Janette Pritchett sat outside her San Luis Obispo apartment last Friday in a plastic Adirondack chair, occasionally gazing toward the street, where a yellow Ford Mustang convertible was parked by the curb.
“Every time I look at it, I can’t believe it,” she said.
About six months have passed since Pritchett, 32, separated from her husband and left their Paso Robles home. She wanted to stay close to their three children, so she moved to the Maxine Lewis Memorial Shelter in San Luis Obispo.
“When I first got here it was really hard,” Pritchett recalled. “I was trying to do the most I could to not look at this as a bad situation.”
An Army veteran — Pritchett met her husband while both were stationed at Camp Stanley in South Korea in 2002 — she was connected with the Supportive Services for Veteran Families (SSVF) program through the Community Action Partnership of San Luis Obispo County.
She received support that helped her find a job, get a small apartment and start classes in sociology at Cuesta College. For months, Pritchett rode buses to fill out paperwork, see her children and attend class.
But she still lacked a vehicle.
A special car
In southern Oregon, Rick Elliott had tried for more than a year to find the right person to give his late wife’s beloved car — a black and yellow Mustang.
Before his wife of 34 years, Kathie, died of cancer in May 2014, the couple had talked a lot about her “happy car” and what she wanted done with it.
We decided it needed to go to a woman in the military who was down on her luck.
Rick Elliott, Oregon resident whose late wife owned a beloved Ford Mustang
As a surgical emergency room nurse, Kathie Elliott had volunteered with the Northwest Medical Team in refugee camps in Albania during the Kosovo conflict in the late 1990s. She was comforted by the sight of Black Hawk helicopters overhead, her husband said, and had extraordinary support for military personnel.
“We both had a real admiration for our military people,” Rick Elliott said. “We decided that it needed to go to a woman who had been in the military and was down on her luck.”
But they didn’t have anyone specific in mind. Rick Elliott worked with the local veterans’ services office to find someone for more than a year, but nothing had worked out.
In the meantime, Elliott had signed up on farmersonly.com, a niche dating website.
He sent a message to a Paso Robles woman, but thought the chances of them meeting were slim because they live more than 500 miles apart.
A chance meeting
Loretta Borges had left her Paso Robles home to drive with a friend to Idaho. They were heading home in July from Boise through Oregon where her car broke down in Lakeview — the same town where Rick Elliott lives.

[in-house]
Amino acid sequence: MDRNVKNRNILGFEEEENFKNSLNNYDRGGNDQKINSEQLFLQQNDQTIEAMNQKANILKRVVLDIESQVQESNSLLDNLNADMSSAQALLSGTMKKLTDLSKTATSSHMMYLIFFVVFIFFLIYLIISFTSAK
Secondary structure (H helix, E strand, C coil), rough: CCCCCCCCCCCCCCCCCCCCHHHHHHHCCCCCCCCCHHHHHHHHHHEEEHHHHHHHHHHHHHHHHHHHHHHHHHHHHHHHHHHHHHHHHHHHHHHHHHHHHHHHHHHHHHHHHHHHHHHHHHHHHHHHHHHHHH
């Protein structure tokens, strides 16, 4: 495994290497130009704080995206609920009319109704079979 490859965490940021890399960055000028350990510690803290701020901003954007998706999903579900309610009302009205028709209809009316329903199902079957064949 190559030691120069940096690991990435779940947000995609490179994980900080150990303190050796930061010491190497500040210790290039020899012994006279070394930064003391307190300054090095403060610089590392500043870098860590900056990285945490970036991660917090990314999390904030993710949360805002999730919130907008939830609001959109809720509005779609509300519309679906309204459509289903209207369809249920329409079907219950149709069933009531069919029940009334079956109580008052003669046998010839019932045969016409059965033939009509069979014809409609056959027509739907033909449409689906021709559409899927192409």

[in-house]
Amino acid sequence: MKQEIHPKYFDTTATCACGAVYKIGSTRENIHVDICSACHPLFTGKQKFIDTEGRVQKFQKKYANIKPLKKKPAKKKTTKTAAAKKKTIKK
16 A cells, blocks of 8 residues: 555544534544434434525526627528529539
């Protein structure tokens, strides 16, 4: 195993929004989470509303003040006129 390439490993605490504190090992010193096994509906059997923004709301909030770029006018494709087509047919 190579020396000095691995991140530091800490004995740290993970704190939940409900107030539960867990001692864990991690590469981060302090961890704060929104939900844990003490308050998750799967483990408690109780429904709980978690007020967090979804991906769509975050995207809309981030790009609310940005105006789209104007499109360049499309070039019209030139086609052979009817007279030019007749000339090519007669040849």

Borges sent him an email: You’re not going to believe this but I’m in Lakeview, she typed.
The next morning, Rick Elliott took Borges and her friend to breakfast, where they started talking about Borges’ volunteer work with Honor Flight Central Coast California, which transports veterans to Washington, D.C., to visit their memorials.
“He asked if I ever did anything with young veterans,” Borges recalled. “He told me the story about his wife, and I said ‘I’ll see what I can do.’ ”
Through a mutual acquaintance, Borges got in touch with Sandra Gould, a lead case manager for the SSVF program. Gould said she thought of Pritchett.
“She was working extremely hard at maintaining employment and getting housing,” Gould said, “so she immediately popped into mind for me.”
Gould typed up a brief summary about Pritchett and sent it to Borges.
“I got home Friday, and by Tuesday I had a name,” Borges added.
‘A good fit’
“The following week we had a résumé on this gal,” Rick Elliott said. “They had references and everything. It was a good fit.”
Once Elliott decided that Pritchett would be the one to receive the Mustang, the only thing left to do was get it to California.
Robert Ellis, the SSVF program manager for the Community Action Partnership of San Luis Obispo County, drove to Oregon in early August with a pickup and a trailer and brought the car back. (No money from the SSVF program was used for the car, he said. San Luis Obispo County Womenade covered the cost of his gasoline and hotel stay.)
“It means everything in the world,” Elliott said. “That’s what she (Kathie) wanted done with it. That was her car, her toy and by golly if that’s what she wanted done with it, that’s what was going to happen.”
When he arrived back in San Luis Obispo County, Ellis drove it straight over to Pritchett’s home. Her three kids — ages 5, 8 and 12 — were with her at the time.
Not only do I need it and will use it, but it’s like my dream car. Who can say thank you enough?
Janette Pritchett, San Luis Obispo resident and Army veteran
“I knew I had got a car,” Pritchett recalled. “But I didn’t know what kind.”
When Ellis pulled up, he saw Pritchett peeking out at the street.
“I said, ‘Are you Janette?’ ” Ellis said.
“She said, ‘Is that my car?’ And then she broke down,” he said. “I parked it in the parking lot and gave her the keys. It was wonderful.”
For Pritchett, the car will make it easier for her to see her children. They’re already talking about plans for Halloween.
“It is being used for everything they hoped it would be used for,” she said. “I hope they realize I do appreciate it.”
As she spoke, Pritchett played with a beaded key chain that Elliott had passed along from his wife, with a typed note from Kathie about the car, which she called her “little pony.”
Elliott also had changed the battery, paid for the title to be transferred and sent along money for it to be registered.
“Who gets a car?” Pritchett said Friday. “Not only do I need it and will use it, but it’s like my dream car. Who can say thank you enough?”